Several books on hummingbirds have recently alighted on the shelves, and “Enjoying Hummingbirds in the Wild and in Your Yard” (Stackpole Books) may be the best of the lot.
Although they live in Portal, Arizona’s hummingbird capital, authors Larry and Terrie Gates present a perspective that extols hummers throughout their range. Divided into three parts — the factual, the practical and the mythical — the 196-page paperback is brilliantly illustrated with more than 75 color photos, 11 maps and two figure drawings.
The opening section introduces the reader to the natural history of these most diminutive of all birds, presenting accounts and range maps for 16 species regularly found in the United States (15 of which occur in the Chiricahua Mountains.) Not an identification guide in the traditional sense, “Enjoying Hummingbirds” describes each bird along with its range, habitat, nest and outstanding characters. Reading the descriptions, I was relieved to learn that I was not alone in being unable to identify with certainty all the little green female hummers I see.
Human interactions with hummingbirds come next. In this section, we learn how to create a hummer-friendly environment through flower plantings and nectar feeders. The book includes tables providing common and scientific names of preferred plants for various regions of the country. Red and pink flower arrangements are especially attractive to hummingbirds. A few commercial feeders are recommended, but not any of the pre-packaged nectars: The authors prefer a homemade recipe. And although attracting small insects to your feeder is encouraged (hummers need some protein), the presence of bees and ants is to be avoided. The section concludes with lists of hummingbird organizations and Web sites, as well as tour guides for hummingbird vacations both in Arizona and to such hummingbird Meccas as Costa Rica.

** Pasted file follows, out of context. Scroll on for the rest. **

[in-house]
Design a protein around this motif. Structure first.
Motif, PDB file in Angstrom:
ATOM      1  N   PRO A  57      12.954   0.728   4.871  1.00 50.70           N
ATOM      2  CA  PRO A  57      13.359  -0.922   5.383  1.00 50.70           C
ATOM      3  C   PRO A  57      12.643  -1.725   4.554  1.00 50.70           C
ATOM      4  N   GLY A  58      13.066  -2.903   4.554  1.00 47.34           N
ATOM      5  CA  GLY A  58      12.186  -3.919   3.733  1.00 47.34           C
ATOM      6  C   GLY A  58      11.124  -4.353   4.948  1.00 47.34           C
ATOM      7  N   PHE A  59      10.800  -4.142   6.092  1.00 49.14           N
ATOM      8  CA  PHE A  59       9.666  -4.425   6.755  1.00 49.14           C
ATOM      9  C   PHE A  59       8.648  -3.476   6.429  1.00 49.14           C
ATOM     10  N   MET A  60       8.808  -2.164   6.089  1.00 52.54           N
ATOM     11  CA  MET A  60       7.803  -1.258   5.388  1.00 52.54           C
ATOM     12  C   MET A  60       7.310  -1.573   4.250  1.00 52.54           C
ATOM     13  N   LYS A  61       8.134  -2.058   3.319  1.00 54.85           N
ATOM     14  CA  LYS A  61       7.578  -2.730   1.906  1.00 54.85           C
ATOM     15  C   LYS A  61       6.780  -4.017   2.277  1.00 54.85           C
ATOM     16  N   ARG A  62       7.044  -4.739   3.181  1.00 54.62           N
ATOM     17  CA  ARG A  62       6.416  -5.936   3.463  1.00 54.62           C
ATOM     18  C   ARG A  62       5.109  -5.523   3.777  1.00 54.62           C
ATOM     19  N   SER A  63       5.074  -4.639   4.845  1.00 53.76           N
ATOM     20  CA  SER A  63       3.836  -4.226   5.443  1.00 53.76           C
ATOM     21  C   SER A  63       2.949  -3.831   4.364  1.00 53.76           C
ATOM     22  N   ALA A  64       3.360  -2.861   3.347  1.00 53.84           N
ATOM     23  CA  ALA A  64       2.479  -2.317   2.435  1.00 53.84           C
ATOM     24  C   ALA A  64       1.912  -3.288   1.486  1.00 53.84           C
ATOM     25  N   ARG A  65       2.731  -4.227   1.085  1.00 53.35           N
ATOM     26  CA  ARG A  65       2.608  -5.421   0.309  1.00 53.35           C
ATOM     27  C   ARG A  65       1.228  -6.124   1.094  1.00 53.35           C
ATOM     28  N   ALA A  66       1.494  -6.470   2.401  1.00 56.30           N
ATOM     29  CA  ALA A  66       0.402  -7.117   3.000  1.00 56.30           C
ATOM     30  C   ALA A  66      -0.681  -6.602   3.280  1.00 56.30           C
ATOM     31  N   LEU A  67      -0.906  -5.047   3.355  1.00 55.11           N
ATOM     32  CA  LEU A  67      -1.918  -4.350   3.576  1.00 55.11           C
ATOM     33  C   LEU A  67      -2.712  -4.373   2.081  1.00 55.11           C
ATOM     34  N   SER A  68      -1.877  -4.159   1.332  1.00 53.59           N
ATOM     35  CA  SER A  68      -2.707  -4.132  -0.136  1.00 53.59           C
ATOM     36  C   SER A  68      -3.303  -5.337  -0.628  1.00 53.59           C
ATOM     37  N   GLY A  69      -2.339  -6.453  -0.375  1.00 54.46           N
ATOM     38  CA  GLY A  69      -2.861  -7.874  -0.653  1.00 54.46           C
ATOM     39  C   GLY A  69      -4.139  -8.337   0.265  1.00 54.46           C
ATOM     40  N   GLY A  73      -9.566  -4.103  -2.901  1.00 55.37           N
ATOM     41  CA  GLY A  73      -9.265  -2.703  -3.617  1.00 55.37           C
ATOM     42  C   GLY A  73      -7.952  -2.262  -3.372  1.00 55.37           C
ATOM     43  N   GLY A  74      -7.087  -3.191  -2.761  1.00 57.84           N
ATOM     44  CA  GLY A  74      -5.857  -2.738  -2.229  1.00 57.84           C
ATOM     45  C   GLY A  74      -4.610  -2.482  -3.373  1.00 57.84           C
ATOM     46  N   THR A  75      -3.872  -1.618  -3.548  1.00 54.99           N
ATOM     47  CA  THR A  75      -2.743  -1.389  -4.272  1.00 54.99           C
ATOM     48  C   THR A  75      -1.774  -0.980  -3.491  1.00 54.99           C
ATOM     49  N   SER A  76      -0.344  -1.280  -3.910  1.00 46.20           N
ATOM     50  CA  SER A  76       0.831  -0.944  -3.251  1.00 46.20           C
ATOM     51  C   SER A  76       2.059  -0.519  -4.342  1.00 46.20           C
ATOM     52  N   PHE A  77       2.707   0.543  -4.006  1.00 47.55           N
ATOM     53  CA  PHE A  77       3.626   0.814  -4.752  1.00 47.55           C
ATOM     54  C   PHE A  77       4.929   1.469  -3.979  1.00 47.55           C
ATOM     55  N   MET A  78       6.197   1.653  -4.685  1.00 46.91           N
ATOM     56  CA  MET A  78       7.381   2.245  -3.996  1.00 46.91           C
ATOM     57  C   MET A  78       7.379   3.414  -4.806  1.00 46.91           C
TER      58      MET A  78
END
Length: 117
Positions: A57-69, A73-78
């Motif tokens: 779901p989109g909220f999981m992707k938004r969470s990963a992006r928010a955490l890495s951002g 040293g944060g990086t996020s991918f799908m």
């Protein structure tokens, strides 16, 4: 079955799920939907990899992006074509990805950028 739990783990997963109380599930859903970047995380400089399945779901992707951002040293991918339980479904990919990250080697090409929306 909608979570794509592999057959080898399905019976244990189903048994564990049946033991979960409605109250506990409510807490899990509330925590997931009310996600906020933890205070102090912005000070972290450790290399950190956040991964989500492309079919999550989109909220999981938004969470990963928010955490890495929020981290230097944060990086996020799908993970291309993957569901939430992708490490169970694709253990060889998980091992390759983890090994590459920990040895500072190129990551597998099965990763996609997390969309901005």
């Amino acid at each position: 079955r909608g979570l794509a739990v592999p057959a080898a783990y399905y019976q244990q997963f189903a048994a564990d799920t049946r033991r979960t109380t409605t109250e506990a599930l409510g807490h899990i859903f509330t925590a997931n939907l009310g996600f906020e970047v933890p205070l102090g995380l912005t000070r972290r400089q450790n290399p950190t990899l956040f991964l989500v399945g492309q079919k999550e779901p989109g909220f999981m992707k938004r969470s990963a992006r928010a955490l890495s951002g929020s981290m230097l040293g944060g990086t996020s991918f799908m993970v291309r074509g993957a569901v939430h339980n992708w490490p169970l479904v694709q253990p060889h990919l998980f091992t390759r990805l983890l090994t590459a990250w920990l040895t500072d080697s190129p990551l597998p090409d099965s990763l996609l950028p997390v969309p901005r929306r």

The book’s final section celebrates the roles played by hummingbirds in popular culture. It includes passages on hummers in art, science and poetry, as well as a fun series of Indian myths. A nice index follows an appendix listing the expected occurrences of various species in each U.S. state and Canadian province.
Throughout the book, the author’s fascination with, and wide knowledge of, hummingbirds shines through. Readers learn these elfin helicopters are confined to the New World, there are 329 different species (more are still being discovered) and the smallest edition is the bee hummingbird of Cuba, which weighs only 1.8 grams. Other tidbits include the facts that hybrids are not uncommon, no hummingbird can walk on land and roadrunners can be serious hummingbird predators.
All in all, “Enjoying Hummingbirds” is a most worthy addition to your birding library.
–David E. Brown
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